“When the barometric pressure drops outside, people with arthritis get pain in their joints because it’s an enclosed cavity,” Mauskop says. “For people with migraines, the pressure inside your brain increases. When it’s very hot, your body tries to sweat it off by opening blood vessels. For migraine patients, the opening of blood vessels causes headaches.”

Mauskop developed an iPhone app called the Migralex Headache Relief Diary that allows users to determine which triggers to avoid by tracking their headaches by pain level, location, duration, and weather. Usually headaches aren’t caused by weather alone, but a combination of triggers, such as lack of sleep, stress, skipping meals, eating too many carbs or foods with lots of preservatives (anything pickled, dried, cured, smoked—basically anything delicious), drinking alcohol, and not exercising.

“The rain itself might not do anything to you. But if you eat the wrong food before it’s about to rain, you can get a headache,” says Mauskop. “If I’m on vacation and have a glass of wine, no problem. But if I’m tired and stressed out, that same exact wine will give me a headache.”

People who are genetically predisposed to headaches—and research shows that it is indeed a genetic disorder—should make an extra effort to do the basic things we are supposed to do anyway to stay healthy: exercise regularly, get at least seven hours of sleep every night and not sleep in on the weekends, eat regular meals that include dark, leafy greens, and drink lots of water. Dehydration, in heat and humidity as well as dry winter weather, is a major headache trigger. So is taking too much pain medication.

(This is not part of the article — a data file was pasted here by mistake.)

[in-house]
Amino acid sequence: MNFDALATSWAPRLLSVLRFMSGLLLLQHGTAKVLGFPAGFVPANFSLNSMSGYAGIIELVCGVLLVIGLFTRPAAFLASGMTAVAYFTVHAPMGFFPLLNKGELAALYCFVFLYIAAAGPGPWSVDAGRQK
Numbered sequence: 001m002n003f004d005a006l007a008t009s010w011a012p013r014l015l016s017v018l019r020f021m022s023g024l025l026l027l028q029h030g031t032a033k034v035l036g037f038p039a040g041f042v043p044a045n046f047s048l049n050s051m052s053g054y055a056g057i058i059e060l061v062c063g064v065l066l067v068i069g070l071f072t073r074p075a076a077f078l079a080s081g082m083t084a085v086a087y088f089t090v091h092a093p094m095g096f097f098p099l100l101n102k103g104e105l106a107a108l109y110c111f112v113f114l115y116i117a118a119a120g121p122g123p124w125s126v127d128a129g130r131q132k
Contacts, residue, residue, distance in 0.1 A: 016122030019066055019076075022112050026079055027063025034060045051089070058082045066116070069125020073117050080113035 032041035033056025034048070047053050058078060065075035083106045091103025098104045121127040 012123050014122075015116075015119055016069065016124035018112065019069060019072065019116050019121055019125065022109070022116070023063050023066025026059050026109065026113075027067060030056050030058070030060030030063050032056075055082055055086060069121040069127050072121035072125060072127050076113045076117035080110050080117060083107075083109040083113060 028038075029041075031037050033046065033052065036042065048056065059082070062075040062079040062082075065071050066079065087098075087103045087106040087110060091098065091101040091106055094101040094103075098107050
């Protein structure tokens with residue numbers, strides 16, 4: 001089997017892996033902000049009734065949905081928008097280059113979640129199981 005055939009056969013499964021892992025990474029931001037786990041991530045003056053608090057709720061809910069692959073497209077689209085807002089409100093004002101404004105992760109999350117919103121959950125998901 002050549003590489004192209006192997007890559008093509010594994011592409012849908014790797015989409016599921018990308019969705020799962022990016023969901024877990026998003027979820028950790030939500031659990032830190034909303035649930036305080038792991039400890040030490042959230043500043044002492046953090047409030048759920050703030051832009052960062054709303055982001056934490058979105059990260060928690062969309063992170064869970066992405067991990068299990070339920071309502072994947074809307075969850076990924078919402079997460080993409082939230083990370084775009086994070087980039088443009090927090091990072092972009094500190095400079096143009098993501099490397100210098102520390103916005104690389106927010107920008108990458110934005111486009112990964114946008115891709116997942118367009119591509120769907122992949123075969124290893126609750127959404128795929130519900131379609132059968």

Which brings us to treatments. Even the most astute observer of the healthiest lifestyle can fall victim to the pangs of weather-related headaches. Both Mauskop and Broner discourage taking over the counter drugs, such as Advil, Aleve, and Excedrin in anticipation of a headache, because over-medicating can actually cause headaches. It’s better to wait until a headache has actually set in before popping pain relievers. They also recommend natural treatments, magnesium supplements, acupuncture, meditation or biofeedback: a type of therapy done by electronic monitoring that trains patients to relax and control stress. There are, of course, also prescription drugs and even Botox, which the FDA approved in 2010 to treat and prevent chronic migraines.

For women, who are disproportionately plagued by migraines at a ratio of three to one, hormone-regulating treatments can help. Mauskop explains that headaches are influenced by fluctuating estrogen levels, often beginning during puberty and subsiding during pregnancy and after menopause. Continuous contraception that prevents menstruation can also prevent migraines.

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Anyone who gets headaches knows that not only are they in the minority but that their ailment is often dismissed by those who’ve never experienced it.

“People are really not very sympathetic. They think, ‘It’s just a headache, take some Advil, get on with your life,’” says Mauskop. “But it’s not just a headache, it’s a serious illness.”

The World Health Organization agrees, ranking migraines among the top 20 most debilitating disorders. So if the thought of more manic winter weather induces a particular kind of panic, remember that you are not being dramatic, you’re not alone, and there are ways to tame your pain.